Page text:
Economies can suffer from coronavirus exposure for decades, say economists at the University of California, Davis, who have studied the financial consequences of pandemics since the 14th century.
“If, after COVID-19, the trends develop in a similar way – taking into account the scale of this pandemic – the global economic trajectory will be very different from the expected just a few weeks ago,” the authors wrote in working paper published this week. "Pandemics are followed by long periods – over several decades – of depressing investment opportunities."
Oscar Jorda, Sanjay Singh and Alan M. Taylor, all professors at the Department of Economics, concluded in their paper that a pandemic is likely to lead to a decrease in the real rate of return, to a small increase in real wages and to investment. The real rate of return is the annual percentage of return on investment adjusted for inflation.
The Longer-Term = Economic Consequences of Pandemics document was published on the Internet by the San Francisco Financial Reserve Bank, where Chorda is a senior political adviser. The study was also reported at Bloomberg.com and other media.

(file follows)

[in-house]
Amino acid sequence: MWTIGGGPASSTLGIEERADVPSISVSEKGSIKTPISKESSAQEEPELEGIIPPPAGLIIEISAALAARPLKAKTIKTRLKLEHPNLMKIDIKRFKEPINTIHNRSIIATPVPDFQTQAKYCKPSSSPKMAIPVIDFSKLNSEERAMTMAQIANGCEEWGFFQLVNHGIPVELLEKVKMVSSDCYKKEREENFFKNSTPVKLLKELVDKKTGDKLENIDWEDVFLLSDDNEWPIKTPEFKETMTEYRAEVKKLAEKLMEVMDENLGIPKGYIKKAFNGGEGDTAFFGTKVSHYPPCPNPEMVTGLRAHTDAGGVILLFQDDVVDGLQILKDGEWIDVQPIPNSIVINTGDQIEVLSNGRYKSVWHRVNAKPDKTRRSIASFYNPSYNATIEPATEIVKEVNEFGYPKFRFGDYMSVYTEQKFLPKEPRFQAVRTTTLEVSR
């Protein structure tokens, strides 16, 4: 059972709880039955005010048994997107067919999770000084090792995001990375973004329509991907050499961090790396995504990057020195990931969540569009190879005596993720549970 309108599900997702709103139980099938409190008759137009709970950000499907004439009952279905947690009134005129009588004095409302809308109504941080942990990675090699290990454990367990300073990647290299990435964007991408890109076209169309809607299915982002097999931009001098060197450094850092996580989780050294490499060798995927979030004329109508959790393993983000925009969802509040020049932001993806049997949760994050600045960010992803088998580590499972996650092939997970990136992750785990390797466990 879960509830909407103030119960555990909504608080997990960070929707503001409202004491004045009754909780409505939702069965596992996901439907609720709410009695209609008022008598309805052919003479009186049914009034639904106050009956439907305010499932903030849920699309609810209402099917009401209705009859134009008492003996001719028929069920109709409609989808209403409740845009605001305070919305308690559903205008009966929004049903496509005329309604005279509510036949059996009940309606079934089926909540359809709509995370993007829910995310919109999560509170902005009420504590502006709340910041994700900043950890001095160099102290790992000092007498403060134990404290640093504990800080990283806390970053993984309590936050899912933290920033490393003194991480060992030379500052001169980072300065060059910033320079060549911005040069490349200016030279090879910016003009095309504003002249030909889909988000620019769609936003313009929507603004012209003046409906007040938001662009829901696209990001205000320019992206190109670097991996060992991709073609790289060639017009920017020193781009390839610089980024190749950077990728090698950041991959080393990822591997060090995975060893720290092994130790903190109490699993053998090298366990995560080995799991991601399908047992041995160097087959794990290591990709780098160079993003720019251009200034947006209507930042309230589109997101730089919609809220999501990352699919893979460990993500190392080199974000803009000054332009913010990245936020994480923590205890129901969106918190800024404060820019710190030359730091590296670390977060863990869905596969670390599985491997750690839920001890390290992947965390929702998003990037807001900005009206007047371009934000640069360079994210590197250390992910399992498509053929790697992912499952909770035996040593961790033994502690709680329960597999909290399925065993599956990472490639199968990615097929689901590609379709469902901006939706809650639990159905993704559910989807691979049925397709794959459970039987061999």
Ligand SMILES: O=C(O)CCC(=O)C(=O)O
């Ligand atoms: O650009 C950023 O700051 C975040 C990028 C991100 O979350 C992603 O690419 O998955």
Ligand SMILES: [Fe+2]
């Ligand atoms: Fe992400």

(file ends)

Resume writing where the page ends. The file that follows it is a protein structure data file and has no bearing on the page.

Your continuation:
Researchers studied macroeconomic reactions to historical pandemic events using data collected by historians and economists over many years, and measured economic indicators at an annual frequency in cities, regions, and countries from the 14th century to the present.
Economists examined 12 major pandemics in which more than 100,000 people died. They also looked at armed conflicts in which a comparable number of people died.
“Significant macroeconomic consequences of pandemics persist for approximately 40 years, while real rates of return are substantially reduced. On the contrary, we find that wars do not have such an effect, on the contrary, ”the authors say in their article.
They said that pandemics are usually followed by depressive investment opportunities, perhaps because of an increased desire to save, perhaps because of increased safety savings, or because people are trying to restore depleted wealth.
According to the researchers, after a pandemic, the natural interest rate has been declining for decades, reaching its lowest level around 20 years later. After about four decades, the natural rate returns to the level that one would expect pandemic did not take place. The natural interest rate is the interest rate that supports the economy at full employment and maximum productivity while maintaining constant inflation.
The main disclaimer defined economists is that past pandemics occurred at a time when people did not live to old age. “Black death and other epidemics hit the population with a huge mass of an age pyramid of up to 60 years, so this time everything could be different,” they said.
The long-term economic consequences of pandemics, San Francisco Federal Reserve Bank Working Paper Series (2020). DOI: 10.24148 / wp2020-09
Studies show that the economic consequences of coronavirus can last for decades (2020, April 3)
Received April 4, 2020
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